With regard to diabetes, it really just depends whether you're dealing with the genetic and rarer form of the disease, type 1 diabetes, or the much more common type 2 diabetes, whose onset is based on a number of factors that includes diet, activity level, and genetics. For the sake of argument -- and to take nothing away from type 1 diabetes patients, who recently had an encouraging discovery of their own -- Johnson & Johnson's (NYSE: JNJ ) new SGLT-2 inhibitor, Invokana, looks to be the next big thing in type 2 diabetes treatment. Working in the kidneys instead of the liver or pancreas, Invokana allows the body to excrete excess glucose through the urine. Better yet, Invokana has also been shown to induce weight loss (which can be a good thing since a majority of diabetics are overweight) and reduce hypertension.
Chronic obstructive pulmonary disease
Not to be forgotten is chronic obstructive pulmonary disorder, better known as COPD, which was responsible for 92,900, or 21%, of all cigarette smoking-related deaths from 2000 to 2004. COPD is already the third-leading cause of death in the U.S., slightly ahead of stroke, and comes in two primary forms: chronic bronchitis, which is exhibited by a long-term cough with mucus production, and emphysema, an irreversible and progressive degradation of the lungs over time.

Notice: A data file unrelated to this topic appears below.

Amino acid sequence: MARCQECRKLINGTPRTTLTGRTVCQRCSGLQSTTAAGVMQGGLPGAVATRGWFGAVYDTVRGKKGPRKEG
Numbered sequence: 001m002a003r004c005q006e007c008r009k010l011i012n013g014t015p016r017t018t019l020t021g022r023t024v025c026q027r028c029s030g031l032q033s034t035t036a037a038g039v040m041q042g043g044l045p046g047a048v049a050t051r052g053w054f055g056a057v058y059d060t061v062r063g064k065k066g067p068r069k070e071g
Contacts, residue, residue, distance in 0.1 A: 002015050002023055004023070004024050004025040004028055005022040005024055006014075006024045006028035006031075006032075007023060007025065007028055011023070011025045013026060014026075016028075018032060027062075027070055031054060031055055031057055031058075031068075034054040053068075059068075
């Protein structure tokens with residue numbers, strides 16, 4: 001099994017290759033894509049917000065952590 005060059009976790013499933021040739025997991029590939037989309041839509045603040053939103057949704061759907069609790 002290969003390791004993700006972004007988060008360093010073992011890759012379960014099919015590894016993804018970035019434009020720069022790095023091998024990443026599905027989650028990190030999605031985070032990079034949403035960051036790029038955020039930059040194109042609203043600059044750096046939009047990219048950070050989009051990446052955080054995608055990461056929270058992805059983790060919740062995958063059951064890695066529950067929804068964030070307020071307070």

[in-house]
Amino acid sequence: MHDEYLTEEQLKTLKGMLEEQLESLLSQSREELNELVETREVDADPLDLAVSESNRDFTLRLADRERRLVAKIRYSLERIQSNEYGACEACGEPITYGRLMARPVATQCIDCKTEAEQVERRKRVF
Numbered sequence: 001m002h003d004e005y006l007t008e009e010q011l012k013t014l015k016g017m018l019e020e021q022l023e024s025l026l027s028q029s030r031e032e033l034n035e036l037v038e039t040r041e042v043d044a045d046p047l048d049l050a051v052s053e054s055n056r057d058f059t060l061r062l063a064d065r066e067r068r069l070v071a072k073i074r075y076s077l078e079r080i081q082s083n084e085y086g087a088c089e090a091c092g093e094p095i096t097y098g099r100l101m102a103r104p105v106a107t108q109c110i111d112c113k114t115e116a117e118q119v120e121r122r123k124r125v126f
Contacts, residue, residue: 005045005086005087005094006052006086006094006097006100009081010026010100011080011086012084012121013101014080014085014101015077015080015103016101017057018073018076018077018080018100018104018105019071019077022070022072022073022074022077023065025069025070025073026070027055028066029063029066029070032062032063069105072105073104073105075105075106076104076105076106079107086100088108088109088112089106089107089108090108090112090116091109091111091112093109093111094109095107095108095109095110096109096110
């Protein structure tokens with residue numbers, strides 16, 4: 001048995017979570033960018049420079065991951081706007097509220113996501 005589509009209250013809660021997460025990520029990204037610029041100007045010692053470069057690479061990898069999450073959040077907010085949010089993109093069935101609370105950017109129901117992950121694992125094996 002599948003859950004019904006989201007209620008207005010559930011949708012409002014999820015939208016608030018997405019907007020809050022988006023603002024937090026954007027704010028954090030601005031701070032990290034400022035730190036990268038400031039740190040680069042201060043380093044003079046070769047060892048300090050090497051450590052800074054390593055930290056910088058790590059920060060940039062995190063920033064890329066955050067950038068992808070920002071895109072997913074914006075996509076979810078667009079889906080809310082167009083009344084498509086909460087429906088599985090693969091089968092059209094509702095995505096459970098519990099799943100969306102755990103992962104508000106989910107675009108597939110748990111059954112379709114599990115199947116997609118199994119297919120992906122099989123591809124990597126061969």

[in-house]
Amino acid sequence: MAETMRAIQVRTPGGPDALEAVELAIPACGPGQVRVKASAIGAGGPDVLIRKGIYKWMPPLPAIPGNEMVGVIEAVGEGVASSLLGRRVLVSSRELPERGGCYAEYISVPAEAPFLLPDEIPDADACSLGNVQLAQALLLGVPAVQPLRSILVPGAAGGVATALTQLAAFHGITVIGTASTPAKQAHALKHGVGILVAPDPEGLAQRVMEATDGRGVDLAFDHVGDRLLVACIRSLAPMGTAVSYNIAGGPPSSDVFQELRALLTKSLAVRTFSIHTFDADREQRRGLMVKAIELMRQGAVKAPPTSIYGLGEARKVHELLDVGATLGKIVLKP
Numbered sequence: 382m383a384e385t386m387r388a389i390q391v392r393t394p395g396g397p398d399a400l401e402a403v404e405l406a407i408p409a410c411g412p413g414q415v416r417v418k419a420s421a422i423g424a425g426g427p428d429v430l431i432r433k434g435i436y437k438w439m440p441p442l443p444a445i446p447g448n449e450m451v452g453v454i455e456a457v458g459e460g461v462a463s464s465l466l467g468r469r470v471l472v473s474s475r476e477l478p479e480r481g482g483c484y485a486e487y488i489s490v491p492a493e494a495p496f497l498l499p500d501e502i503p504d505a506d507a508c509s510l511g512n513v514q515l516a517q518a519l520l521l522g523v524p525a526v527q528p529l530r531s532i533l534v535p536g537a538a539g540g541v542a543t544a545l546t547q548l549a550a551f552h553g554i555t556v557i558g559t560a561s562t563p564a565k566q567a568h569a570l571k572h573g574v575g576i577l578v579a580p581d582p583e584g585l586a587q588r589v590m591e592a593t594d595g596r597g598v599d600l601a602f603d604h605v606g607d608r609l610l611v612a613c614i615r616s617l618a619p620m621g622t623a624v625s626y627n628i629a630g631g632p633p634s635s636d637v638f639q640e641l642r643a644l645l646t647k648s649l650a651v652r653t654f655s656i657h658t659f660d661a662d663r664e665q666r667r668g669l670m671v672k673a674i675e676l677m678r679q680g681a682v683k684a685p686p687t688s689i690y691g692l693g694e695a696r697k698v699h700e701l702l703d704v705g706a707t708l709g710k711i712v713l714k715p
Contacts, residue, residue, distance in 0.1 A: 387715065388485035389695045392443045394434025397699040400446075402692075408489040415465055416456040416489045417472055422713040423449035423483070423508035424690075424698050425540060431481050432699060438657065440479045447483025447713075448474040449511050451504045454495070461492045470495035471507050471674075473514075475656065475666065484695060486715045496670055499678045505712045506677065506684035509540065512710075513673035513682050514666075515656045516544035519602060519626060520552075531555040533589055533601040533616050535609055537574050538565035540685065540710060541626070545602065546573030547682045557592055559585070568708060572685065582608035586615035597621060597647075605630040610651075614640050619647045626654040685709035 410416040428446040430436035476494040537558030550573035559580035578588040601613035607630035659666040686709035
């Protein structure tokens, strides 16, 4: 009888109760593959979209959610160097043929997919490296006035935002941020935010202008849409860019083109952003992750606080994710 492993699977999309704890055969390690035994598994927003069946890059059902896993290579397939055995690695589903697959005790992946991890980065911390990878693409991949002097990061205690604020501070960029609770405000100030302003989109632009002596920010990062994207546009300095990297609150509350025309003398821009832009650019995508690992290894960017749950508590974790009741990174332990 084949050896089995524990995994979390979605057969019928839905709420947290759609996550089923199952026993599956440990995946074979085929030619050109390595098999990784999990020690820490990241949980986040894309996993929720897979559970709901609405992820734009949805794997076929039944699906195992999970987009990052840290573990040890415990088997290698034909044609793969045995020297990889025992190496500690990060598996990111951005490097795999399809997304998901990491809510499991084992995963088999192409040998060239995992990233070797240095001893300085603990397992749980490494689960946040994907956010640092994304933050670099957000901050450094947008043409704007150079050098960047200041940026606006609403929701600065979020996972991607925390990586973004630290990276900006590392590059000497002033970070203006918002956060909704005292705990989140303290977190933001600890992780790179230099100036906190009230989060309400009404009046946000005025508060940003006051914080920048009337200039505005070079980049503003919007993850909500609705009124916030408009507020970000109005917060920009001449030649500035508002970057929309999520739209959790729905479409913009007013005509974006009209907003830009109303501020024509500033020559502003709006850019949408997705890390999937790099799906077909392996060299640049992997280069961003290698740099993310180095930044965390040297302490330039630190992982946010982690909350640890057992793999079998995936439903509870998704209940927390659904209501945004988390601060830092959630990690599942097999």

Perhaps the most exciting new treatment to hit the market in years was recently approved by the FDA. Developed by GlaxoSmithKline (NYSE: GSK ) and Theravance (NASDAQ: THRX ) , Breo Ellipta is a dry powder drug delivered by inhaler and meant to provide long-term relief of air-flow obstruction and reduce COPD exacerbations. The two companies are collaborating on a handful of potentially revolutionary new COPD treatments that combine Theravance's long-acting beta-2 agonists with Glaxo's long-acting muscarinic antagonists. Its next treatment, Breo Anoro, is currently under review by the FDA.
Source: Centers for Disease Control and Prevention.
The butt of the problem
The negative effects of cigarette smoking on our bodies is quite clear no matter where we look for our evidence. If you choose to smoke, your likelihood of developing one of these three deadly diseases, which were responsible for 86.5% of all smoking-related deaths, is greatly increased.
If we've learned anything here today, it's that quitting smoking could be one of the healthiest and smartest moves you ever make as it could drastically reduce your chances of developing a serious illness, and that tobacco is quite addictive -- otherwise, most people would have stopped smoking a long time ago. This means that while we are seeing a minimal reduction in the percentage of U.S. smokers, the need for medications to treat lung cancer, COPD, and various forms of ischemic heart disease aren't likely to slow anytime soon.